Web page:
International shipment must be treated with the same amount of caution people are met with during quarantine protocols. With that, the Department of Agriculture’s (DA) Bureau of Animal Industry has laid out the groundwork for the establishment of the first-border inspection (FBI) facilities in the country’s major ports, beginning with Manila International Container Port. 

The FBI will be conducted on animals, fisheries, plants and other related agricultural products from foreign countries. These biosecurity measures are designed to protect animals, plants and the public. 

Each facility will be manned by at least 39 technical personnel and will house an Agriculture Commodity Examination Area (ACEA) and crematorium. The controlled temperature environment in ACEAs will allow officers to inspect high-risk agricultural shipment. These will be the first ACEAs in the Philippines, a facility that’s already present in developed countries to strengthen food safety and quarantine regulations.

“Each ACEA will feature a laboratory to enable the immediate testing of samples from commodities suspected to carry animal, fish or plant pests or diseases and other hazardous contents. A crematorium will also be in place to ensure safe disposal of confirmed agricultural commodities with quarantine violations, if these cannot be returned to origin,” according to the DA’s official website.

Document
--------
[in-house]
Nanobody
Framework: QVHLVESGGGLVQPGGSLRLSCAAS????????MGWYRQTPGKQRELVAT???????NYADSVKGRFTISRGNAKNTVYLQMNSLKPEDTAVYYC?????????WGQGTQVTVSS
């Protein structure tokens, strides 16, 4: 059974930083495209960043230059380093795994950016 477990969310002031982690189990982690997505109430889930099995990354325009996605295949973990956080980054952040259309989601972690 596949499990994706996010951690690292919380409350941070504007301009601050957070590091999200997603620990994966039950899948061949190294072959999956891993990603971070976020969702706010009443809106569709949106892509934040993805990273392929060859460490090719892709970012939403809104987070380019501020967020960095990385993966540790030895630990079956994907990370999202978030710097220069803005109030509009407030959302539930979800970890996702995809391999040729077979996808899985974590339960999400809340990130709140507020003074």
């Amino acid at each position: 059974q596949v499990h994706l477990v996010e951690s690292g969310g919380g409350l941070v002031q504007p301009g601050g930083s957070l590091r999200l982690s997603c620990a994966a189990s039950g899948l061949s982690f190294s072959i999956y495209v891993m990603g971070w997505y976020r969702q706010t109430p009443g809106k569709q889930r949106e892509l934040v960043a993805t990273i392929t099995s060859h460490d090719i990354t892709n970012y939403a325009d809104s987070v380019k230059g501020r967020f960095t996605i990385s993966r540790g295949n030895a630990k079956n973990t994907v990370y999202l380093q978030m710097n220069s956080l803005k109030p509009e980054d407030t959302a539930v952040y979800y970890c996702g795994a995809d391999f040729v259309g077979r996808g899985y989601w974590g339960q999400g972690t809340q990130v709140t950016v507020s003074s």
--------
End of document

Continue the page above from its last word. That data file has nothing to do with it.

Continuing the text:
The FBI facilities will also be put up at Manila South Harbor, Subic Freeport Zone, Port of Batangas, Cebu International Port, and Port of Davao. Two billion pesos have been set aside for the establishment of these ACEAs. Secretary Dar says that these facilities will prevent the spread of other infectious diseases such as foot and mouth disease, avian influenza and African swine fever.

“The ACEAs will enable us to perform 100% inspection of farm commodities especially those on high risk or ‘Alert Order’ status. This will help us reduce or prevent smuggling of agricultural products, and prevent the entry of major animal, plant and fish diseases that will endanger the country’s agricultural industry,” says the DA secretary.

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